Why haven’t you put up the whole list?

Given the sensitivity of the issue, we felt it would be premature to share the whole list. However, we strongly believe that transparency should be an integral part of all censorship. Hence, this analysis is an attempt to provide some much-needed transparency. We intend to make the entire list public soon, though. (Given how porous such information is, it is likely that someone else will procure the list, and release it sooner than us.)

Why can I still access many items that are supposed to be blocked?

One must keep in mind that fresh orders have been issued on a day-by-day basis, that there are numerous mistakes in the list making it difficult to apply (some of these mistakes have been mentioned above), and the fact that that this order has to be implemented by hundreds of ISPs.

Your ISP probably has not have got around to enforcing the blocks yet. At the time of this writing, most ISPs don’t seem to be blocking yet. This analysis is based on the orders sent around to ISPs, and not on the basis of actual testing of how many of these have actually been blocked by Airtel, BSNL, Tata, etc.

Additionally, if you are using Twitter through a client (on your desktop, mobile, etc.) instead of the web interface, you will not notice any of the Twitter-related blocks.

So you are fine with censorship?

No. I believe that in some cases, the government has the legal authority to censor. Yet, exercising that legal authority is usually not productive, and in fact there are other, better ways of limiting the harms caused by speech and information than censorship. Limiting speech might even prove harmful in situations like these, if it ends up restricting people’s ability to debunk false rumours. In a separate blog post (to be put up soon), I am examining how all of the government’s responses have been flawed both legally and from the perspective of achieving the desired end.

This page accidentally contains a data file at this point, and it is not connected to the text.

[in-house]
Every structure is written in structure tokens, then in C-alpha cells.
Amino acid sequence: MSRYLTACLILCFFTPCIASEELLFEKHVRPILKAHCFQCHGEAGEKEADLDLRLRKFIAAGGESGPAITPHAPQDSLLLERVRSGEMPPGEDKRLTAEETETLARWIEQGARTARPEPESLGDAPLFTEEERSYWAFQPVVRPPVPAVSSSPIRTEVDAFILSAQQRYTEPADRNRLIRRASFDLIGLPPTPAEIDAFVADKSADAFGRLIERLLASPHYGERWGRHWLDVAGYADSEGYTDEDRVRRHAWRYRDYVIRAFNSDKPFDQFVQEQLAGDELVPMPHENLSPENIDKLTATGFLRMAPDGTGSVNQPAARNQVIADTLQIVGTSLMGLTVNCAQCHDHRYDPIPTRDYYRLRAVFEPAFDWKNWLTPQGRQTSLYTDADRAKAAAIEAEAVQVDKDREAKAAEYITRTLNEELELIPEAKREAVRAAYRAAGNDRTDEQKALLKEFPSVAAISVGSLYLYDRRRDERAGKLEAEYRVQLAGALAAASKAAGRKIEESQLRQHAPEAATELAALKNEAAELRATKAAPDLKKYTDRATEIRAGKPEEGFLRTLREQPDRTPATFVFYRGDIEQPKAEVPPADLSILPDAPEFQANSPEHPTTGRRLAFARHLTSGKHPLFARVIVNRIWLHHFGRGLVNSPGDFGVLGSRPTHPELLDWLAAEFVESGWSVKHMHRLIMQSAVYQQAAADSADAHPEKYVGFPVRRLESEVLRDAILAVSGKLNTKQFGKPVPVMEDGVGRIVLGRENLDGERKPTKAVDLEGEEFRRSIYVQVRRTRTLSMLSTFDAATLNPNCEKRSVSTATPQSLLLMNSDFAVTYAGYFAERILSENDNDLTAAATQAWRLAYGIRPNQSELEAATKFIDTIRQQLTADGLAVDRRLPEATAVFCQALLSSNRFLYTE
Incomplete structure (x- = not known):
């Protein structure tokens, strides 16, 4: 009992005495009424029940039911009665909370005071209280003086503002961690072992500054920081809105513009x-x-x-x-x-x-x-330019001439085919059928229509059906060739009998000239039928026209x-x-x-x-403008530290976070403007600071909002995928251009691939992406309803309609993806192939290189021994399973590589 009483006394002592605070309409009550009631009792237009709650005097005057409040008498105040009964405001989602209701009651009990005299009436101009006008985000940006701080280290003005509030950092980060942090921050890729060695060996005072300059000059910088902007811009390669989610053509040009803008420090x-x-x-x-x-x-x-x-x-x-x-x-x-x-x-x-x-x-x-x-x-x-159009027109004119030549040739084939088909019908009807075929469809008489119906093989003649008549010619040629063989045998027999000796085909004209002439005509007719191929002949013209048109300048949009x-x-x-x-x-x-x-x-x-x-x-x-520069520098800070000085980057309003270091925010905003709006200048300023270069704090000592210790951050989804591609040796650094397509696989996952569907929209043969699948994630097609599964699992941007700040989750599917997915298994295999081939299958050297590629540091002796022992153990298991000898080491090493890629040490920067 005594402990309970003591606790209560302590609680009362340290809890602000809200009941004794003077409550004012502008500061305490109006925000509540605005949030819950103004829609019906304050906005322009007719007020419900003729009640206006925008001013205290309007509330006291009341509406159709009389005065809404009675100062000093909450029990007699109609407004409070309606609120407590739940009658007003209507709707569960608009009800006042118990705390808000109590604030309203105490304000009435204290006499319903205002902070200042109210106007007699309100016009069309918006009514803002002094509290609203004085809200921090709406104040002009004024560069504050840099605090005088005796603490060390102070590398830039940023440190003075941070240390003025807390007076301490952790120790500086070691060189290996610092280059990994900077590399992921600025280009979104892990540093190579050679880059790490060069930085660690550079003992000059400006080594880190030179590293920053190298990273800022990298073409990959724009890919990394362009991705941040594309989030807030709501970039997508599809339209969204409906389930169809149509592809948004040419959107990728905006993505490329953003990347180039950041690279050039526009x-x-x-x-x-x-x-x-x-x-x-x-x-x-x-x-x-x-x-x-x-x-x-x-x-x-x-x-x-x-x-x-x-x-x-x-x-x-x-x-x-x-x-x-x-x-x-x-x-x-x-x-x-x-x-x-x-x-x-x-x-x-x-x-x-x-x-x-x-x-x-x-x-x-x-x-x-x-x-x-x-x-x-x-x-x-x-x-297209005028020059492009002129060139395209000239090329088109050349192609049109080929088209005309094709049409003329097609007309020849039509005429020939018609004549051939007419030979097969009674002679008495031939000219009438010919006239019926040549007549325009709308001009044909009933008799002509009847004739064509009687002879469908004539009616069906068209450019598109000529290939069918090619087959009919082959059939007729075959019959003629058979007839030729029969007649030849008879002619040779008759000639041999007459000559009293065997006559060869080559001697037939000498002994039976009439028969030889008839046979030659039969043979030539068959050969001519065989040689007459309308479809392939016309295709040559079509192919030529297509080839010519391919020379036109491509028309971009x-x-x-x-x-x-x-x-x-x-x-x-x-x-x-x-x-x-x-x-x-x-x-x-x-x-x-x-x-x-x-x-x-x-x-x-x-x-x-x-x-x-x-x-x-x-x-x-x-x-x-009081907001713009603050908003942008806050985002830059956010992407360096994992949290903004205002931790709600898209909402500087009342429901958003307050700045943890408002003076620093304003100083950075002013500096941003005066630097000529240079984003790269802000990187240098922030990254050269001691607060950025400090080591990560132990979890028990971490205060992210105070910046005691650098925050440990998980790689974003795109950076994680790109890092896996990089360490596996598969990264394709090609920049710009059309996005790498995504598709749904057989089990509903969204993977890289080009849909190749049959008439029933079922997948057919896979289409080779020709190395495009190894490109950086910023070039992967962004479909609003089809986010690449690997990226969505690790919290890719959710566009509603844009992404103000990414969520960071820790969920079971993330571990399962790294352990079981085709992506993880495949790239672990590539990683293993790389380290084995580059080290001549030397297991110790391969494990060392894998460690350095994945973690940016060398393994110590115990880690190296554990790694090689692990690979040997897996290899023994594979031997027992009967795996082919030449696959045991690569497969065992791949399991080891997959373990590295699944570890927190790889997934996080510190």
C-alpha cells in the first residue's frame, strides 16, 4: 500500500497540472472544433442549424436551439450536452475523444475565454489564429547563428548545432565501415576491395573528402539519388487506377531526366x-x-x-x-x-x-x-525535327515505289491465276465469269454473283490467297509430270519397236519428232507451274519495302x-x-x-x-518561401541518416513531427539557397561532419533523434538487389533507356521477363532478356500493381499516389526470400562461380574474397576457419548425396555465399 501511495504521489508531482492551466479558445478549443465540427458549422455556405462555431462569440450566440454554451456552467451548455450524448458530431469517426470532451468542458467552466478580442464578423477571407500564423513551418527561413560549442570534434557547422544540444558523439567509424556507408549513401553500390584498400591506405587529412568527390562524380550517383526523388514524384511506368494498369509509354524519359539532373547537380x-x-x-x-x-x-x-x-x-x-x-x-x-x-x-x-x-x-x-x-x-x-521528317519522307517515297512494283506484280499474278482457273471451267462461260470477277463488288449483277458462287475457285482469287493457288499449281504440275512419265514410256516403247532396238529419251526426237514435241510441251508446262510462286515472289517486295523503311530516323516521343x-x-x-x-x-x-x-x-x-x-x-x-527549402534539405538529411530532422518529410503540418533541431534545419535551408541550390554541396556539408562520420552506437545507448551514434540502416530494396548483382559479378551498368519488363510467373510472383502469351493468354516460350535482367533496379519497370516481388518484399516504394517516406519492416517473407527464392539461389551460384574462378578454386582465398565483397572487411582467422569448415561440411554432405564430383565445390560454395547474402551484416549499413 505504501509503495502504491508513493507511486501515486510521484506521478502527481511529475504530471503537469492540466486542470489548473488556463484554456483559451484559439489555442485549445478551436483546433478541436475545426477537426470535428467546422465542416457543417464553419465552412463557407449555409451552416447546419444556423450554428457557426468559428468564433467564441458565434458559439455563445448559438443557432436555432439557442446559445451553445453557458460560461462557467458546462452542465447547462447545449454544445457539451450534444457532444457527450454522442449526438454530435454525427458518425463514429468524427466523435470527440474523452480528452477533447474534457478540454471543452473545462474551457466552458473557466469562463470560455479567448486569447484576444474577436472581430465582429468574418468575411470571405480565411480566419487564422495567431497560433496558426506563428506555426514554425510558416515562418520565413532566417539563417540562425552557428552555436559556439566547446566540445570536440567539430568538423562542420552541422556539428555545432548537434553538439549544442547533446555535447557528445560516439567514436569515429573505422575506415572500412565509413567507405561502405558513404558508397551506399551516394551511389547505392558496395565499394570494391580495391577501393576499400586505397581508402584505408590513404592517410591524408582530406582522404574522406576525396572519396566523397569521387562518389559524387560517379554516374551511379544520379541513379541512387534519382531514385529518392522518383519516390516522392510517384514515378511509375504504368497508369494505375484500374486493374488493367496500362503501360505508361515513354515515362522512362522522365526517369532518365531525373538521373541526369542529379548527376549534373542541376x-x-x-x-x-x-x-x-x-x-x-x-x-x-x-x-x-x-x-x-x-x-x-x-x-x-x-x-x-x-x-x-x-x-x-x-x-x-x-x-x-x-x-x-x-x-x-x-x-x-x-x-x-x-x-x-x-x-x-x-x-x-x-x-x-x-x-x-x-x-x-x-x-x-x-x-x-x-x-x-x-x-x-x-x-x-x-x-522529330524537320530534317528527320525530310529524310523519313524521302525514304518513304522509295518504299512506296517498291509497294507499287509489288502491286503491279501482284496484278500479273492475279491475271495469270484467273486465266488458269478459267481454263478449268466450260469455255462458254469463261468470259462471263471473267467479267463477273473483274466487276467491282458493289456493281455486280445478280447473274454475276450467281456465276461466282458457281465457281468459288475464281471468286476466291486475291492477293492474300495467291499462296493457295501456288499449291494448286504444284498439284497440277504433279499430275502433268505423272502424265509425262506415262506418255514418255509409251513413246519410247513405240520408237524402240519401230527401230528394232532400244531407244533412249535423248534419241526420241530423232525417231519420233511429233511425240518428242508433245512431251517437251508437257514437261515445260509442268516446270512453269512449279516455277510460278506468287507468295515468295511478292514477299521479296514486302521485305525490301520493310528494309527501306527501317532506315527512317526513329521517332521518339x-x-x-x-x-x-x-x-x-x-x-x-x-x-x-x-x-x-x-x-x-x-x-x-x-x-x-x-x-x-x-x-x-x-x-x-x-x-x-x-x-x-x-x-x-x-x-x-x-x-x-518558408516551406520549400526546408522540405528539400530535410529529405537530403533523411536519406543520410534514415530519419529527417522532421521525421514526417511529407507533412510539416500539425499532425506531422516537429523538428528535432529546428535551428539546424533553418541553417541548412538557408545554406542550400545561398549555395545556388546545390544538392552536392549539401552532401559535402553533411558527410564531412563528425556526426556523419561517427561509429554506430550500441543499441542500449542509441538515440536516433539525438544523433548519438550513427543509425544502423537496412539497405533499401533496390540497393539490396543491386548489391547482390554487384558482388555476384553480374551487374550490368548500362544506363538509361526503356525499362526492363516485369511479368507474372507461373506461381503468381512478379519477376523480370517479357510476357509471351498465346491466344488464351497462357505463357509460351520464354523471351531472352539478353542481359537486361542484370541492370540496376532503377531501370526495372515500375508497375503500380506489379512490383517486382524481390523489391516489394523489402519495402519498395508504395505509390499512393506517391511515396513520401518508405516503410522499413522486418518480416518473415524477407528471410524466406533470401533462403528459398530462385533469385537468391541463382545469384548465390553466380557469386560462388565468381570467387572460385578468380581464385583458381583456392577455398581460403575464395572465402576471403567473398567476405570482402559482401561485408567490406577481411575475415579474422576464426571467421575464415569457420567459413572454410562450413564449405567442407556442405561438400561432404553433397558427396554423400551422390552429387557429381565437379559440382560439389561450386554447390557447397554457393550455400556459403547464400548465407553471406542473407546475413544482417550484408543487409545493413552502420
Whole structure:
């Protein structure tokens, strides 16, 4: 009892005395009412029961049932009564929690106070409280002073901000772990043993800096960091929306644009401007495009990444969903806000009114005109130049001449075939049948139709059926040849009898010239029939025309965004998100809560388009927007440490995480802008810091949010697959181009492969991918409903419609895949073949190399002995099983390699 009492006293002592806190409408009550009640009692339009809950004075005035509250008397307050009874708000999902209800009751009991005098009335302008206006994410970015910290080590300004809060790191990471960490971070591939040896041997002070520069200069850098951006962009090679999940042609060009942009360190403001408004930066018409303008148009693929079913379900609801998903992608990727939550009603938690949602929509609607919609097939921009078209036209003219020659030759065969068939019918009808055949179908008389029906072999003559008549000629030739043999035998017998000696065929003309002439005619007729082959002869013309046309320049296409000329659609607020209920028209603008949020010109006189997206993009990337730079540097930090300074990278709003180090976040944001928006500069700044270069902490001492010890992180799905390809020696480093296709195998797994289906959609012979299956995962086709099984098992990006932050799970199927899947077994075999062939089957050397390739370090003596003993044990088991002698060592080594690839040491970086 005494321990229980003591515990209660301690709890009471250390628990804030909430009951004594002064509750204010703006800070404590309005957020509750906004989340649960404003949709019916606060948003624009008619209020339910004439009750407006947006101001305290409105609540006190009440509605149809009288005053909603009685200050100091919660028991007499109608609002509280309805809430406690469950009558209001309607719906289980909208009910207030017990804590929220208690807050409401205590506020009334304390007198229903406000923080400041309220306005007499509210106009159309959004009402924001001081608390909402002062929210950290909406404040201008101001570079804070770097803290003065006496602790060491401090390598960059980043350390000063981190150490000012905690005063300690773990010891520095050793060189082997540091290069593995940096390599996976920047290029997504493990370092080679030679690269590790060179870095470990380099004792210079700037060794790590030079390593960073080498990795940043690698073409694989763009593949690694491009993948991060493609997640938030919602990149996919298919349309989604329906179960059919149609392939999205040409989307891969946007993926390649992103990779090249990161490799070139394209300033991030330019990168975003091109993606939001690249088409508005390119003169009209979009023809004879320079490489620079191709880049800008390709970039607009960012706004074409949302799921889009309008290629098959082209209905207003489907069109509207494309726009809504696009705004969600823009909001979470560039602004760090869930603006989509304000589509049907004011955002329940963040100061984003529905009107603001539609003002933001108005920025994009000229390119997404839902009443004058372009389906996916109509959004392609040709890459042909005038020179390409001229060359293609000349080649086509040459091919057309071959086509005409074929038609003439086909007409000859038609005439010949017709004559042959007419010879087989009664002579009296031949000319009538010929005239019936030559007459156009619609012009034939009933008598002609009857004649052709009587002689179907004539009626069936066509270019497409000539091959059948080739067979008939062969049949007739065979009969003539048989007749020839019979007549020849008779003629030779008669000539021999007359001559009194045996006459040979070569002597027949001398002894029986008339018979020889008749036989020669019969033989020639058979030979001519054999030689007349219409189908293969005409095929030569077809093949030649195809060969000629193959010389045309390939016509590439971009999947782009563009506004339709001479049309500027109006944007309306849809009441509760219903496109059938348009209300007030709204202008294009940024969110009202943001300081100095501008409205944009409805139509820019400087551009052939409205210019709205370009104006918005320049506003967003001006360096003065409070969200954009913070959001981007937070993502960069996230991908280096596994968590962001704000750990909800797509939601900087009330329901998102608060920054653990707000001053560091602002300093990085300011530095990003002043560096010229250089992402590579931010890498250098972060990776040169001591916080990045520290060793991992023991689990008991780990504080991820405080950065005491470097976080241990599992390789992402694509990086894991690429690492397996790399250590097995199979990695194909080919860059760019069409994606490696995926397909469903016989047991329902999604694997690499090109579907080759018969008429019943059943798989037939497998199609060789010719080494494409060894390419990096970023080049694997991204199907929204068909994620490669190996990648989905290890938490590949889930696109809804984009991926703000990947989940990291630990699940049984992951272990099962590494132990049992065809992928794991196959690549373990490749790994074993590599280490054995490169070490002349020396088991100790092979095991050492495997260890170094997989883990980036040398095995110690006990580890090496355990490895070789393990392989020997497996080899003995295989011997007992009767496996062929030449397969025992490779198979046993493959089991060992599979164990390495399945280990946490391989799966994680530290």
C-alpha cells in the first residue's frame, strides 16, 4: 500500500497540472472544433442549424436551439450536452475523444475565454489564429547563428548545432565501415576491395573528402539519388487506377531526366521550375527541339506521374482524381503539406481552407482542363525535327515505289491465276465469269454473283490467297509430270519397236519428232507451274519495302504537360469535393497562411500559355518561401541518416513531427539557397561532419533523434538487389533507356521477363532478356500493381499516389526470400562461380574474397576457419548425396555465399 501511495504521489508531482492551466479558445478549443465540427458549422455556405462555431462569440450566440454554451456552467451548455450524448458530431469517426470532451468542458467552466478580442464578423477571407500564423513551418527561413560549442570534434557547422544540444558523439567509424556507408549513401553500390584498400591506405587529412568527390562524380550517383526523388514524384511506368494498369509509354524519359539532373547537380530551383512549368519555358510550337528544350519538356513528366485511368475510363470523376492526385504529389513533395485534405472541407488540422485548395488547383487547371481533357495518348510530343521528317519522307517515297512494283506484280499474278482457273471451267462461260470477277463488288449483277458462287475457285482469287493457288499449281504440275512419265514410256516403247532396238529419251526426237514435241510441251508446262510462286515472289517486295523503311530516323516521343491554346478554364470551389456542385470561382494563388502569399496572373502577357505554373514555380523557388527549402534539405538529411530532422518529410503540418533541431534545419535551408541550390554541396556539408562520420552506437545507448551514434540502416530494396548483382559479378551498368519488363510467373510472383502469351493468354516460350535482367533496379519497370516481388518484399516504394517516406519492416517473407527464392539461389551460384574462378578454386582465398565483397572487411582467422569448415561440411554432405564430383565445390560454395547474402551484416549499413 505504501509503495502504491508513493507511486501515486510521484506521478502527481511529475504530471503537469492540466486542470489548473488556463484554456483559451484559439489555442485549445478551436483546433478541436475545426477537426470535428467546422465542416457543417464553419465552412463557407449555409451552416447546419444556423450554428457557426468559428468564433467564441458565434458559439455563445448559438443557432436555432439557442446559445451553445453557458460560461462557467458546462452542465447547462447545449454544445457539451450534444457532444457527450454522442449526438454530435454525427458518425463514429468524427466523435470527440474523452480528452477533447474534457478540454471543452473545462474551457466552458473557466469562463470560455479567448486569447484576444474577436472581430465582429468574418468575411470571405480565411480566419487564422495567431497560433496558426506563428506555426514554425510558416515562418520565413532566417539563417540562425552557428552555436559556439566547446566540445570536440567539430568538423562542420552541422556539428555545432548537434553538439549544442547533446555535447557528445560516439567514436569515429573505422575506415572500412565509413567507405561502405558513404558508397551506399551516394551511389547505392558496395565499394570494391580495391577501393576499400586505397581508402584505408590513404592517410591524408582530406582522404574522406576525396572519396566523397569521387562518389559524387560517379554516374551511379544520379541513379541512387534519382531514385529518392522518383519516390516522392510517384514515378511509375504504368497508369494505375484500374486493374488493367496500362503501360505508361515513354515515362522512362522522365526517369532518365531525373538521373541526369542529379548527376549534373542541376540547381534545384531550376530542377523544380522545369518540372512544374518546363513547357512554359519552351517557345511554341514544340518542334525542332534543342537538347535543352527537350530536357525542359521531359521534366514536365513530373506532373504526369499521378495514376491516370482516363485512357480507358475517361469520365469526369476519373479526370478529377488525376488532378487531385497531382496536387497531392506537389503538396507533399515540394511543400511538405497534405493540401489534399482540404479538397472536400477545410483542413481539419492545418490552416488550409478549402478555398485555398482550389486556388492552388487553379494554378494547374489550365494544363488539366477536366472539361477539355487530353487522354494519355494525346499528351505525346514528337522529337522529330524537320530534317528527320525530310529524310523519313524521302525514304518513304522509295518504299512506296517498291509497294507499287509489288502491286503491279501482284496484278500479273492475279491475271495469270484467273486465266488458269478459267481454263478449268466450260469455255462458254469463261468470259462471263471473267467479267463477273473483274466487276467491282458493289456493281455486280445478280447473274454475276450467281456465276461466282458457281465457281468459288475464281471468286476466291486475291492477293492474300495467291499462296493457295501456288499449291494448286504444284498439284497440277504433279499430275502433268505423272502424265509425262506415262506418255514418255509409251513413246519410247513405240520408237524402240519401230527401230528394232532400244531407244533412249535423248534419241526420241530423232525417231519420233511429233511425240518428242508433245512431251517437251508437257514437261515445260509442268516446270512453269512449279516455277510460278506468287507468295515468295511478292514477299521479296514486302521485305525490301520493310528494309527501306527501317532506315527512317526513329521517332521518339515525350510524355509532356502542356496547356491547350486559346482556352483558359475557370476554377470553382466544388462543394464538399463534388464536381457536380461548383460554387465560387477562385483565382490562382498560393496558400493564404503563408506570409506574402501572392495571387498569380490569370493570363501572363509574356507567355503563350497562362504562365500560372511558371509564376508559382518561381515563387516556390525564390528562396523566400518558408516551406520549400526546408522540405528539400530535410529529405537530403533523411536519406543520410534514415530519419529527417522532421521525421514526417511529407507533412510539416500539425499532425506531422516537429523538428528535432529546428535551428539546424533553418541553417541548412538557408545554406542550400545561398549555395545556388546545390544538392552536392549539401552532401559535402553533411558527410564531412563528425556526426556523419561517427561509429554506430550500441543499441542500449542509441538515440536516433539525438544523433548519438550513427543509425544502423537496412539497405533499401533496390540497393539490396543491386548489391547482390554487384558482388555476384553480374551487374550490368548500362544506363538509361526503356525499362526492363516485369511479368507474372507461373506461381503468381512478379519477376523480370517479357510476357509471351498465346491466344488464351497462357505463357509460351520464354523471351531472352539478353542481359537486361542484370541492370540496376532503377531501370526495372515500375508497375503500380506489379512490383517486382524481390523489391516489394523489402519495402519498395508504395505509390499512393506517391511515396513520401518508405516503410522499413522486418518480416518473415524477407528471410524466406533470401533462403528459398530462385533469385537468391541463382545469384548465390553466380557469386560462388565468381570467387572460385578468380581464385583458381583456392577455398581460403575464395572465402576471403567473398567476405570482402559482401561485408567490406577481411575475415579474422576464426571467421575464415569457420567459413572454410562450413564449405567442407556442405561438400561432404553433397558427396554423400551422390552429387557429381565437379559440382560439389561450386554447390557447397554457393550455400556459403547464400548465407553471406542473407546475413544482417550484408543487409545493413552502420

So what should the government have done?

Given that the majority of the information it is targeting is on Facebook, Youtube, and Twitter, the government could have chosen to fight alongside those services to get content removed expeditiously, rather than fight against them. (There are some indications that the government might be working with these services, but it certainly isn’t doing enough.)

For instance, it could have asked all of them to expedite their complaints mechanism for a few days, by ensuring that the complaints mechanism is run 24×7 and that they respond quickly to any complaint submitted about communal incitement, spreading of panic, etc. This does not need the passing of an order under any law, but requires good public relations skills and a desire not to treat internet services as enemies. The government could have encouraged regular users to flag false rumours and hate speech on these sites. On such occasions, social networking sites should step up and provide all lawful assistance that the government may require. They should also be more communicative in terms of the help they are providing to the government to curtail panic-inducing rumours and hate speech. (Such measures should largely be reactive, not proactive, to ensure legitimate speech doesn’t get curtailed.)